Morning began with porridge hearty enough to see a Scottish shepherd through his day and we were back in the saddle. Our route for each day was made up as we went along in consultation with the wranglers. By their nature Zavkhan Treks are exploratory, there is no fixed route, no objectives to meet each day, so where the riders go, what they do and where they spend the night are by mutual consent and just seeing how the day turns out.

Rain clouds gathered overhead and thunder grumbled across the wooded valleys as we entered the Yolt Canyon region. In Kazakh, yolt means vulture and I wondered if the name was some kind of warning about who you might end up as dinner for.

A rugged log cabin was home to a group of lads in military fatigues charged with guarding the park and the nearby Chinese border from any incursions. As we stood about on our horses an argument erupted between one of the boys and Amangul, our cook. Apparently one of the "Ts" on our permit hadn't been crossed and the officious guard wasn't going to let us in. But within moments he had crumpled in the face of a damn good ticking off from the formidable cook.

The rain clouds made their threats real the following day as we climbed to almost 3000m, above the tree line with views across tor-topped ridges. Cresting one ridge we surprised a small group of elk, they loped off out of view but not before having a good look at us.

Later we came across two wriggling snakes in the grass, but our most exciting find was a large lump of bear poo, identifiable by its content of berry skins. "Onoordor," Sarkus the wrangler told us after examining the doo-ings and concluding it was fresh.

The following day was Friday the 13th and the notorious date lived up to its name. Within an hour of setting off we'd had one fall, one of the kids was kicked by a grumpy horse and a pack horse ended up on its back in the river. We were lucky, however, that the day fell when it did and not the next when we attempted a mountain crossing through what has been nicknamed "the Pass of Certain Death".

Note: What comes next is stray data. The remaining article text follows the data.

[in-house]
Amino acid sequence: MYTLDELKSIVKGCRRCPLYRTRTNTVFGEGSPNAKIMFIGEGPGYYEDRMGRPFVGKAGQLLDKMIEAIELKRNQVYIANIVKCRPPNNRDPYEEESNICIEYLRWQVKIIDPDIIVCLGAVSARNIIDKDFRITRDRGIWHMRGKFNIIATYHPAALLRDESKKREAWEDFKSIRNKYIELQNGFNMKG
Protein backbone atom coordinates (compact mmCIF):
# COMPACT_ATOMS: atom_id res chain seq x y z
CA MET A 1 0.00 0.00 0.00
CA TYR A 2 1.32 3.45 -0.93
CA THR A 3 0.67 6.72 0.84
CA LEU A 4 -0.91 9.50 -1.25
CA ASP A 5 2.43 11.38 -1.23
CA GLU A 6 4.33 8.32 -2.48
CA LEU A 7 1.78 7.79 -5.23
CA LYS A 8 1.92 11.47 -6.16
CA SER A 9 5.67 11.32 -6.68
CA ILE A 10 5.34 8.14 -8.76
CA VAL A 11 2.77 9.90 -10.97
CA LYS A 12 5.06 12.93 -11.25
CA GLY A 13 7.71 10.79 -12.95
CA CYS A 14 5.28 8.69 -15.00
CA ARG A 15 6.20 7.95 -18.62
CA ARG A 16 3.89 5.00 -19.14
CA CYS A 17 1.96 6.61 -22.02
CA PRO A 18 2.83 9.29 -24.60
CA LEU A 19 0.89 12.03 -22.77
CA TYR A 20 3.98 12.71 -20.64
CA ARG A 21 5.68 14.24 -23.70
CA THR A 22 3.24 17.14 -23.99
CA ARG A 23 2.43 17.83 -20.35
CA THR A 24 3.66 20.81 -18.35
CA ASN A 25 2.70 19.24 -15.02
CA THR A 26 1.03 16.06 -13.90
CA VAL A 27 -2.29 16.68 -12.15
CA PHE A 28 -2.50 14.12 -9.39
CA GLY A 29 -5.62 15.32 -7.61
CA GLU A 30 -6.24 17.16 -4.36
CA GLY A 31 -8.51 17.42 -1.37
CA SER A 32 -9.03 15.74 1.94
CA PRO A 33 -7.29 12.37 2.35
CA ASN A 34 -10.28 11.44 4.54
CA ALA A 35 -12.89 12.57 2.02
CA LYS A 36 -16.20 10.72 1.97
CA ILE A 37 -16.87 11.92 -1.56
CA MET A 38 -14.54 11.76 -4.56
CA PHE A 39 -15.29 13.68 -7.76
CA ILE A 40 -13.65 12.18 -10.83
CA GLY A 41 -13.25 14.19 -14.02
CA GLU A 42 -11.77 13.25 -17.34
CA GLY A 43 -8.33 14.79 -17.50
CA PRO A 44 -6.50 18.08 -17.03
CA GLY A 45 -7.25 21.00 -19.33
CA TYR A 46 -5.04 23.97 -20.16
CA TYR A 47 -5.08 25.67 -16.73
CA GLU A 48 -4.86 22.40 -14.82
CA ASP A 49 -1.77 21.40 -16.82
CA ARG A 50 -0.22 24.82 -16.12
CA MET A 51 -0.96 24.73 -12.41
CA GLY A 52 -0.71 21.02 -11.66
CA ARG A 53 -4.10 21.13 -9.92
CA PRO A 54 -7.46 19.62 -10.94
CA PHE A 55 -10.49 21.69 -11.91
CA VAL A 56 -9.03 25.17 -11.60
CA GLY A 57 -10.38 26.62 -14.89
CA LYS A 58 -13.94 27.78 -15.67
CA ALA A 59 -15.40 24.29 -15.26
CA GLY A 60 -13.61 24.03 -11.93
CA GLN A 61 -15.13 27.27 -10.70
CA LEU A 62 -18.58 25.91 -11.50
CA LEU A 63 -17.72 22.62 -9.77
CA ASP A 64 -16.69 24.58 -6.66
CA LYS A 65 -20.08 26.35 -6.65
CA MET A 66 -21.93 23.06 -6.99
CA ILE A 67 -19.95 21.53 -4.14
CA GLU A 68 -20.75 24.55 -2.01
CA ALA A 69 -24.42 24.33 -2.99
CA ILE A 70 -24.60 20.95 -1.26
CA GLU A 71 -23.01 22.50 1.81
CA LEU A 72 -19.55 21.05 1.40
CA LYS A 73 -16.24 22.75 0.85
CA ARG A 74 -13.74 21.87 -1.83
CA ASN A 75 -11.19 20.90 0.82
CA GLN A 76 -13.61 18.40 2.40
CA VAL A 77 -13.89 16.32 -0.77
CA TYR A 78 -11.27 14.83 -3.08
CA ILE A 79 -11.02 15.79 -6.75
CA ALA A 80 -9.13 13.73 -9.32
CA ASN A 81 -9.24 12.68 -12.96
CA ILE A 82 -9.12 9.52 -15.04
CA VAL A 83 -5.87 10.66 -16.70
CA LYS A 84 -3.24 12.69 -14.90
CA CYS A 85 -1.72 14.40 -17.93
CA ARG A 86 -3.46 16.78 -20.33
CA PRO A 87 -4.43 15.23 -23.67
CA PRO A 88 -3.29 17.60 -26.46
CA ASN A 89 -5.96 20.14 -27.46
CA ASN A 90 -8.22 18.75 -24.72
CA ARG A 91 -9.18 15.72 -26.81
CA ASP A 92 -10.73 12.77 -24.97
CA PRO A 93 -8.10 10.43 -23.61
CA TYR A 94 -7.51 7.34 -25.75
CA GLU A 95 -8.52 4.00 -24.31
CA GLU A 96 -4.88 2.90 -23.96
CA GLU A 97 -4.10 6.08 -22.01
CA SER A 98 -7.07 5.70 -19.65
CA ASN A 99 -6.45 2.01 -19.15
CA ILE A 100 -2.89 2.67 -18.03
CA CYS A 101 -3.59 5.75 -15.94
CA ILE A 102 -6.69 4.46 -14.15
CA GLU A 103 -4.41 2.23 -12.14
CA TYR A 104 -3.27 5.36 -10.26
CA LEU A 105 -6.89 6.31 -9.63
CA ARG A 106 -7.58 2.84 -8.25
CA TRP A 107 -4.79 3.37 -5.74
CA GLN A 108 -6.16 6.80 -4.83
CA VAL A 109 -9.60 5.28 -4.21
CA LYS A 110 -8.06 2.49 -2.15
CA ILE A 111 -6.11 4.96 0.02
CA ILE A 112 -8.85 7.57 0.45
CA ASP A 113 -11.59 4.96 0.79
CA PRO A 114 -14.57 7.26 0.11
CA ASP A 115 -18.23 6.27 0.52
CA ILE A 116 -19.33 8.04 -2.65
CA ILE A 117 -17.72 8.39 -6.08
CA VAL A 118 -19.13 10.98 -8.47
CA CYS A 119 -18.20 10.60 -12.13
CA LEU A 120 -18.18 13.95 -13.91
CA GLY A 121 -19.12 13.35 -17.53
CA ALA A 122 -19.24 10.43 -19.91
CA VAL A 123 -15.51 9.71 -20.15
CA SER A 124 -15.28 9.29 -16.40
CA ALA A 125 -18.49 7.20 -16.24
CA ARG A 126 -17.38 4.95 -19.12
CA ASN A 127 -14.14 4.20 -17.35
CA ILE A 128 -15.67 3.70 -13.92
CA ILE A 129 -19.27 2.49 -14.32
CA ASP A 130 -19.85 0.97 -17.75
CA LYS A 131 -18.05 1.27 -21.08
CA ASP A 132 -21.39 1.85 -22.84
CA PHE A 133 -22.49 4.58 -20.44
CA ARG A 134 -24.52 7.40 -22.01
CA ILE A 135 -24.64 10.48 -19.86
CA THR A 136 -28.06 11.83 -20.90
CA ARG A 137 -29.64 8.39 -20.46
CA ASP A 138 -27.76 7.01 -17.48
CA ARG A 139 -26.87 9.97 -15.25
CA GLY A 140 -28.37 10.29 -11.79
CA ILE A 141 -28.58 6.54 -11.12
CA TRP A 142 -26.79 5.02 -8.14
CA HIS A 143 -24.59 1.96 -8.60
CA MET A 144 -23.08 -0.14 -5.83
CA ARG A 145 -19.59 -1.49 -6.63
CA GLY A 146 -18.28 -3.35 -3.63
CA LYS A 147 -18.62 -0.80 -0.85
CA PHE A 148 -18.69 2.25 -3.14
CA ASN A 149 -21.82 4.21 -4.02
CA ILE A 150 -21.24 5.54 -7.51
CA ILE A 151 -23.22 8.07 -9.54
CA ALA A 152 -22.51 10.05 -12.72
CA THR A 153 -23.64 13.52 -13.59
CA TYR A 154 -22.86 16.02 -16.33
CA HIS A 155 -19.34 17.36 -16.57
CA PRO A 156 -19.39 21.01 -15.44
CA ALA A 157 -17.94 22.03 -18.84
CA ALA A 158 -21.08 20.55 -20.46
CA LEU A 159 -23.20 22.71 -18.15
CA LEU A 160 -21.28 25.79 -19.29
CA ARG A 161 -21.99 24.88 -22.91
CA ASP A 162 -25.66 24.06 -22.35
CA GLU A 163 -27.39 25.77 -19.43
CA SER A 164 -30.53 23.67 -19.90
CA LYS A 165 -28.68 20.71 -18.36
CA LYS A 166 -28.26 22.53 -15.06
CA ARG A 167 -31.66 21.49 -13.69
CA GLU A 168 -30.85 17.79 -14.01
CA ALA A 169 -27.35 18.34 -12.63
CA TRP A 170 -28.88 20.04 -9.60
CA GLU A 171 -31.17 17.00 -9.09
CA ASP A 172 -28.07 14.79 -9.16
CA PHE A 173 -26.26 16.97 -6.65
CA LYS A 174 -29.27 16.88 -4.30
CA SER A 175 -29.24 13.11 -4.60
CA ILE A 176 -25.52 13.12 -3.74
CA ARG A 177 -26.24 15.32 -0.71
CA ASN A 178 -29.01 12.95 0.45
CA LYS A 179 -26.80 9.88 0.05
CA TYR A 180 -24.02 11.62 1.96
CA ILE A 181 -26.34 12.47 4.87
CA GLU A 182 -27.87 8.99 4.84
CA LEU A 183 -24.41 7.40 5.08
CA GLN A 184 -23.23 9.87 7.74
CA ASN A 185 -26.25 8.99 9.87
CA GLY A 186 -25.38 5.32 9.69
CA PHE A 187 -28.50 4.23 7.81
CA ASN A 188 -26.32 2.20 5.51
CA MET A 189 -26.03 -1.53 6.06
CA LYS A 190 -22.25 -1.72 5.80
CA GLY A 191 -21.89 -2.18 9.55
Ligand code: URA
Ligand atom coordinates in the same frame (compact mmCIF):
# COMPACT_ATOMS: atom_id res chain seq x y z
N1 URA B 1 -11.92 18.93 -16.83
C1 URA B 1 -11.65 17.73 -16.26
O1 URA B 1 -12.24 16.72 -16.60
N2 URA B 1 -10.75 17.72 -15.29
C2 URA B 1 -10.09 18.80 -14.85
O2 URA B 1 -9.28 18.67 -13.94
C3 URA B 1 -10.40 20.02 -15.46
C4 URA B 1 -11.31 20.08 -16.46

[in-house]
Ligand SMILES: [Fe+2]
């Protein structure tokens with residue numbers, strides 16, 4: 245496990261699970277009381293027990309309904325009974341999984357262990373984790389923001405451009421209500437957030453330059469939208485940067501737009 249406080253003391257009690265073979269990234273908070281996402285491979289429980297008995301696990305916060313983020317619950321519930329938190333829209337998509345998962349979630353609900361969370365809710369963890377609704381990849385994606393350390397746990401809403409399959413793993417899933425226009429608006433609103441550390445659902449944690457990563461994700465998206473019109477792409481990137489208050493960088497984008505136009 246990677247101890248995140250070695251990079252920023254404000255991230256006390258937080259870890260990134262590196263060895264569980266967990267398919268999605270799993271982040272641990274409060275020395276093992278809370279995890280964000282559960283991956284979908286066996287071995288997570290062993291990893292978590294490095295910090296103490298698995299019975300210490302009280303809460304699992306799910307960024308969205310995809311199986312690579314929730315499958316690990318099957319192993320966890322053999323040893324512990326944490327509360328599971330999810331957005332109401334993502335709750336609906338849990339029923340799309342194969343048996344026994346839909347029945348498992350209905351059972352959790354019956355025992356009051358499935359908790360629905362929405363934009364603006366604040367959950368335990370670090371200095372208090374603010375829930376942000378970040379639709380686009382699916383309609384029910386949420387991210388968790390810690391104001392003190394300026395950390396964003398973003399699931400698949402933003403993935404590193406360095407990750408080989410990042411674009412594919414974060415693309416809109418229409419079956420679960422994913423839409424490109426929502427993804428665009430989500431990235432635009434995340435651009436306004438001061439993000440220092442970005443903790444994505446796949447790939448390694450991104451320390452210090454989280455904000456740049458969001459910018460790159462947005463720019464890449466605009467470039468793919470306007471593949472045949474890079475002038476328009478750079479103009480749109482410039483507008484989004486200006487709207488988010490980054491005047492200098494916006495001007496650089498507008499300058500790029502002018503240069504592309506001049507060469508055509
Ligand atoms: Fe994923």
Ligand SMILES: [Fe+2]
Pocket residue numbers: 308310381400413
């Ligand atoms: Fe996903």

The lead-in to the pass crossed high alpine meadows, still covered in wild flowers in the beginnings of autumn, and the gentle ride had us wondering how the pass had earned its foreboding name. The views from the top were breathtaking. Far below in the valley floor, tiny lakes shimmered in the afternoon sun while around us barren Altai peaks capped with snow stretched away into China.

Then came the realisation: "Oh, shit. How do we get down?" This was no pony ride. The other side was a near-vertical slide over loose shingle, snow and rock, a knee-wrecking scramble to the valley floor, which daunted us riders who led our mounts down in trepidation, but taken in their stride by the mountain-wise horses.

By the time the trek ended, after two weeks on the trail it was a sad goodbye to our horses and the Kazakh family who had welcomed us into their mountain home. Some of the group stayed on in the village of Altai to help set up a community garden project to benefit local children by providing sustainable crops of vegetables. The rest of us flew back to the capital, most dozing on the flight as we dreamed of hot showers, clean clothes and cold Chinggis Khan Beer.

NSW’s most dangerous crime hours revealed

Premium Content NSW’s most dangerous crime hours revealed

Think you’re safest in broad daylight? Think again.

How to activate your free Daily Telegraph subscription

Premium Content How to activate your free Daily Telegraph subscription

Did you know you can get even more – for free?

Mum of three sentenced after causing serious crash

Premium Content Mum of three sentenced after causing serious crash

The crash left a 19-year old Mullumbimby girl with a fractured spine.